This will undoubtedly increase speculation that Baltimore is considering drafting a quarterback in the first round. The key question is: Are the Ravens really interested in Jackson or do they simply want others teams to think they are?
It's not out of the question that Baltimore takes a quarterback with its top pick. Joe Flacco has struggled since winning the Super Bowl five years ago, and the Ravens can create $18.5 million in cap space in 2019 by designating him as a post-June 1 cut.
The Ravens' front office has done nothing to quiet the hype that Baltimore will take a quarterback in the first round for the first time in a decade. Assistant general manager Eric DeCosta said the team would pick a quarterback if there's one "really too good to pass up," and general manager Ozzie Newsome hinted the Ravens could "surprise" in the first round.
If Baltimore believes Flacco could be gone after this season, it makes sense to take a quarterback now, giving him a year to watch and learn. And, if the Ravens are eyeing a quarterback with the No. 16 overall pick, Jackson is the best bet among the top five quarterbacks to slide to the middle of the first round.
"Lamar, obviously, set the college landscape on fire his freshman year," Ravens director of college scouting Joe Hortiz said. "He’s just a dynamic athlete, unbelievable speed when he gets out in the open as a runner, but he’s got a really strong arm, with the ability to drive the ball into tight windows. He’s the type of guy you can build around."
The Ravens' visit with the 2016 Heisman Trophy winner could just be gamesmanship. If Baltimore isn't interested in drafting a quarterback in the first round, it would be in the Ravens' best interest to make other teams believe they are.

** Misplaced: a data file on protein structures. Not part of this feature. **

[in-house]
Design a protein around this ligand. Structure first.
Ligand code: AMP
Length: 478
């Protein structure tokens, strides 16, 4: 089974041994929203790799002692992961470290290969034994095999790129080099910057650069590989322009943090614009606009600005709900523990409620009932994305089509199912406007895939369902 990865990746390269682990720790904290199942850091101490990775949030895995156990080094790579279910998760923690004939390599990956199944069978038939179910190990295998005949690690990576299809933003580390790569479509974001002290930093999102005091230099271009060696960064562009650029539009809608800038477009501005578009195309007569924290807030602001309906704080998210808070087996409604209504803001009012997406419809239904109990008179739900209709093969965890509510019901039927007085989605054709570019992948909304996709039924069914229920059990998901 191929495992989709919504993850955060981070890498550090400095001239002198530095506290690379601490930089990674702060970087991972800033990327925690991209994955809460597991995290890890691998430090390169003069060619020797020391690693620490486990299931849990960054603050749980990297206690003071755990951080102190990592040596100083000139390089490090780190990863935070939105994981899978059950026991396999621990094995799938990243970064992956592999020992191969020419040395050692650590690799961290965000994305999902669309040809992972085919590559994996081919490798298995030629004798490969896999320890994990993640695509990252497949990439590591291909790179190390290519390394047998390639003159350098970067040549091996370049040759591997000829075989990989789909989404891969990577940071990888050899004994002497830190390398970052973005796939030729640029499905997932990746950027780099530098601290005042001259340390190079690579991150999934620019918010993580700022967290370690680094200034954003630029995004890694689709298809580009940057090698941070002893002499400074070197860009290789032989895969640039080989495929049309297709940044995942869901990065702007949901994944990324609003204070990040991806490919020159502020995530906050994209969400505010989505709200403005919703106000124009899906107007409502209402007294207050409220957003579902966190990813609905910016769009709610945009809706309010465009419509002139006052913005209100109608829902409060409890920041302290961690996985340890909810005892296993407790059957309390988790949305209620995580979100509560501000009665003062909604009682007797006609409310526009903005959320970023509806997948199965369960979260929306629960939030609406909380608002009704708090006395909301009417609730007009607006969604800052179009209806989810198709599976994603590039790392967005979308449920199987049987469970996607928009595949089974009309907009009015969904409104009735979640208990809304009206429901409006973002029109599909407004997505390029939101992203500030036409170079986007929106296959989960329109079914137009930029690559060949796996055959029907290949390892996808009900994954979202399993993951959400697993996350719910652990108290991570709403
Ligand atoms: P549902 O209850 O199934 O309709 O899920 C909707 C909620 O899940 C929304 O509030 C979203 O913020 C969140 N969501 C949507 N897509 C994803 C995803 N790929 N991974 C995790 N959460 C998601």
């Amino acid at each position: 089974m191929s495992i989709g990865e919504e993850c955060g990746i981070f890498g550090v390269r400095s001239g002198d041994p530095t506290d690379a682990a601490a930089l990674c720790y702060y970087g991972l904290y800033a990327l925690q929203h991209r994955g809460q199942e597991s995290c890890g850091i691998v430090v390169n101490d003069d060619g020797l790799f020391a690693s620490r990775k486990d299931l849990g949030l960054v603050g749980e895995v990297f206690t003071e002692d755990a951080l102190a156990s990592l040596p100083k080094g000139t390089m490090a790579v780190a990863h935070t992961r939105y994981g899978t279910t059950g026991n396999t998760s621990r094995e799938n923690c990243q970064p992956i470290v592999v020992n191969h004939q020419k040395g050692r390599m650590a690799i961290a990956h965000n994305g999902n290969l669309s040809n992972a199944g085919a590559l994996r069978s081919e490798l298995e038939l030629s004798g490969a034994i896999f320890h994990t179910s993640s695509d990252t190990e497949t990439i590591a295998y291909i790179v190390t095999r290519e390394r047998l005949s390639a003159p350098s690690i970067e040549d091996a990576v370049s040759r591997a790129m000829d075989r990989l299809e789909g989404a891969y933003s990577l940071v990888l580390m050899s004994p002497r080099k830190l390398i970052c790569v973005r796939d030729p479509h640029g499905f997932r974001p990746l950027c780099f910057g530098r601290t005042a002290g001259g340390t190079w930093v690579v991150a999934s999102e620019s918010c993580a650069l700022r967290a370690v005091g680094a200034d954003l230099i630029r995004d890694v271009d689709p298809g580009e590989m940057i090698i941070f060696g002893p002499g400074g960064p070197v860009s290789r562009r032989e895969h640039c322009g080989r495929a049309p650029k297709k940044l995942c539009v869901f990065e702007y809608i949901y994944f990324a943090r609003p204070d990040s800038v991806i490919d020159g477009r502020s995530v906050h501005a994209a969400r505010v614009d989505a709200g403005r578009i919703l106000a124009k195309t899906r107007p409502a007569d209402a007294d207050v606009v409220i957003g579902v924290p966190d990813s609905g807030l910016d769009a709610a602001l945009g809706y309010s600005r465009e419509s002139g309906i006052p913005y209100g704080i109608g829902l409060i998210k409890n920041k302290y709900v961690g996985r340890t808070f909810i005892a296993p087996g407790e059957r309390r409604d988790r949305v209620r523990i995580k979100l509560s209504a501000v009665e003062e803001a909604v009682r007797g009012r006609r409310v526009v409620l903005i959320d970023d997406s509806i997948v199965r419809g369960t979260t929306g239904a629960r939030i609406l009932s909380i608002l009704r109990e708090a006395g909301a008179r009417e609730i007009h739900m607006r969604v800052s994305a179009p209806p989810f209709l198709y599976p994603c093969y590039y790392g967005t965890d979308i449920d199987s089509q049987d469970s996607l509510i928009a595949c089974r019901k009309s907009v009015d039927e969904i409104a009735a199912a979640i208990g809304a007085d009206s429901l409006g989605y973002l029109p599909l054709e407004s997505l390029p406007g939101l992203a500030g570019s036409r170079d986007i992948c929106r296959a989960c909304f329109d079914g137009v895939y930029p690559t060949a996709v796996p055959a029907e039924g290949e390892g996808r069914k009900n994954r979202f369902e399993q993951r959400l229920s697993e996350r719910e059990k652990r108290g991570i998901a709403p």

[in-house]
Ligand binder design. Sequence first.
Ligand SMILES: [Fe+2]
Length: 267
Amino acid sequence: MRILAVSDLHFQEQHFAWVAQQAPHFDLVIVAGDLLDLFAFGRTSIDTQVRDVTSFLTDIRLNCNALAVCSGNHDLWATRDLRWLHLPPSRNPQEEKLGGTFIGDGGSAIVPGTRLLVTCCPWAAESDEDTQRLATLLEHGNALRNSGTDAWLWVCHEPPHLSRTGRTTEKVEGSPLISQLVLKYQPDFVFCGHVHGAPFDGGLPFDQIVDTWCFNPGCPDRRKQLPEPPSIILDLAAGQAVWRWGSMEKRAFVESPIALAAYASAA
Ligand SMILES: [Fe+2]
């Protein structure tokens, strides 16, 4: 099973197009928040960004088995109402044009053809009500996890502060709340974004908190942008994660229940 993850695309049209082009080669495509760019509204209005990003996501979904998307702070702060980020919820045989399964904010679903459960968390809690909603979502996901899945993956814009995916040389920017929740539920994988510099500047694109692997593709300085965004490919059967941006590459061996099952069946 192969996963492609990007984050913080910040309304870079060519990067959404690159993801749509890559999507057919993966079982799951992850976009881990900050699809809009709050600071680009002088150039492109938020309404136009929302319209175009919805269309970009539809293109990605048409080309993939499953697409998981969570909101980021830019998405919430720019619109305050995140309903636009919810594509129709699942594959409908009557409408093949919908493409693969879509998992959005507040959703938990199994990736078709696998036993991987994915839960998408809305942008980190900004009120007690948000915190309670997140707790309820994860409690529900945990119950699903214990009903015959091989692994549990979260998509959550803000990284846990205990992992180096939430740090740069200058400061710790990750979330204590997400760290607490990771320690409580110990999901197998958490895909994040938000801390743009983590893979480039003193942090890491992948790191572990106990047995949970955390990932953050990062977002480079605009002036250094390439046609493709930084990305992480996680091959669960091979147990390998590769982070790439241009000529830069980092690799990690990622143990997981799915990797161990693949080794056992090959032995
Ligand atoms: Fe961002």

The more quarterbacks are taken in the top half of the first round -- and four of them (Sam Darnold, Josh Rosen, Josh Allen and Baker Mayfield) are virtual locks -- the more it pushes highly rated (non-quarterback) prospects to No. 16. Showing interest in Jackson could prod a team wanting a young quarterback like the Los Angeles Chargers (No. 17), New England Patriots (No. 23, New Orleans Saints (No. 27) or Jacksonville Jaguars (No. 29) to jump in front of Baltimore.
Drafting a quarterback in the first round would go against Ravens owner Steve Bisciotti's comments in February. Asked if it was time to start looking at life without Flacco, Bisciotti said, "We've got bigger fish to fry."
At Wednesday's pre-draft news conference, Newsome said the Ravens haven't paid more attention to this year's quarterback class than previous ones.
"I think the quality of the number of guys maybe more than which allows us to make sure we do our homework," Newsome said.
Jackson is a unique talent, becoming the the only player in FBS history to rush for at least 1,500 yards and pass for at least 3,500 yards in a season. And Jackson accomplished this feat twice (in 2016 and 2017).
He went 22-11 as a starting quarterback at Louisville and was a touchdown machine. He reached the end zone 119 times (a school record), running for 50 and throwing for 69.
The biggest concern is his accuracy. He completed 57 percent of his throws for his career.
ESPN draft analyst Mel Kiper Jr. described Jackson as an "in the area" thrower.
"He’s got to improve his accuracy. That’s a fact," Kiper said. "That 57 percent, you haven’t seen any improvement off of that. The combine, he was still all over the place with those throws, so that’s where you know he’s going to need some time and some work."